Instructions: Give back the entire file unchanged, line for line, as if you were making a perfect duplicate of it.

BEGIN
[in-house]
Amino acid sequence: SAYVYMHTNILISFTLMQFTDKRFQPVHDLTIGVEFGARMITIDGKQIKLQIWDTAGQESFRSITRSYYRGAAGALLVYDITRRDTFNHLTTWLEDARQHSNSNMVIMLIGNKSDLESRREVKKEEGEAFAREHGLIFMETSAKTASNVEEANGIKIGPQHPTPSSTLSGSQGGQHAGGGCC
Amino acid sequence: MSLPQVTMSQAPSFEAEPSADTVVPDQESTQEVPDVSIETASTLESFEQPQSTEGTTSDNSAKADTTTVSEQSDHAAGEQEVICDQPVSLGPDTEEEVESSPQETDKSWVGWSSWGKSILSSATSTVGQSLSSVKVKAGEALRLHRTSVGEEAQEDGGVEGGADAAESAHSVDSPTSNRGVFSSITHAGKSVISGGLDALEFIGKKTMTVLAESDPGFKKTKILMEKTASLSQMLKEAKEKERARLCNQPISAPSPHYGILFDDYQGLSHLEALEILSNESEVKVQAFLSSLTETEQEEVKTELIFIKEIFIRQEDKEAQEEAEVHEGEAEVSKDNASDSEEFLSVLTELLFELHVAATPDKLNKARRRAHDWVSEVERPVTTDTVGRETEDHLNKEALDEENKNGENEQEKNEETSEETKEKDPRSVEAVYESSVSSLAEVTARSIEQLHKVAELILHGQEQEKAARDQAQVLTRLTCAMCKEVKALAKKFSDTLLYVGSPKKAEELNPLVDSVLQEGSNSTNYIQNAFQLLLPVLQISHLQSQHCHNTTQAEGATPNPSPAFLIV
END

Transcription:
[in-house]
Amino acid sequence: SAYVYMHTNILISFTLMQFTDKRFQPVHDLTIGVEFGARMITIDGKQIKLQIWDTAGQESFRSITRSYYRGAAGALLVYDITRRDTFNHLTTWLEDARQHSNSNMVIMLIGNKSDLESRREVKKEEGEAFAREHGLIFMETSAKTASNVEEANGIKIGPQHPTPSSTLSGSQGGQHAGGGCC
Amino acid sequence: MSLPQVTMSQAPSFEAEPSADTVVPDQESTQEVPDVSIETASTLESFEQPQSTEGTTSDNSAKADTTTVSEQSDHAAGEQEVICDQPVSLGPDTEEEVESSPQETDKSWVGWSSWGKSILSSATSTVGQSLSSVKVKAGEALRLHRTSVGEEAQEDGGVEGGADAAESAHSVDSPTSNRGVFSSITHAGKSVISGGLDALEFIGKKTMTVLAESDPGFKKTKILMEKTASLSQMLKEAKEKERARLCNQPISAPSPHYGILFDDYQGLSHLEALEILSNESEVKVQAFLSSLTETEQEEVKTELIFIKEIFIRQEDKEAQEEAEVHEGEAEVSKDNASDSEEFLSVLTELLFELHVAATPDKLNKARRRAHDWVSEVERPVTTDTVGRETEDHLNKEALDEENKNGENEQEKNEETSEETKEKDPRSVEAVYESSVSSLAEVTARSIEQLHKVAELILHGQEQEKAARDQAQVLTRLTCAMCKEVKALAKKFSDTLLYVGSPKKAEELNPLVDSVLQEGSNSTNYIQNAFQLLLPVLQISHLQSQHCHNTTQAEGATPNPSPAFLIV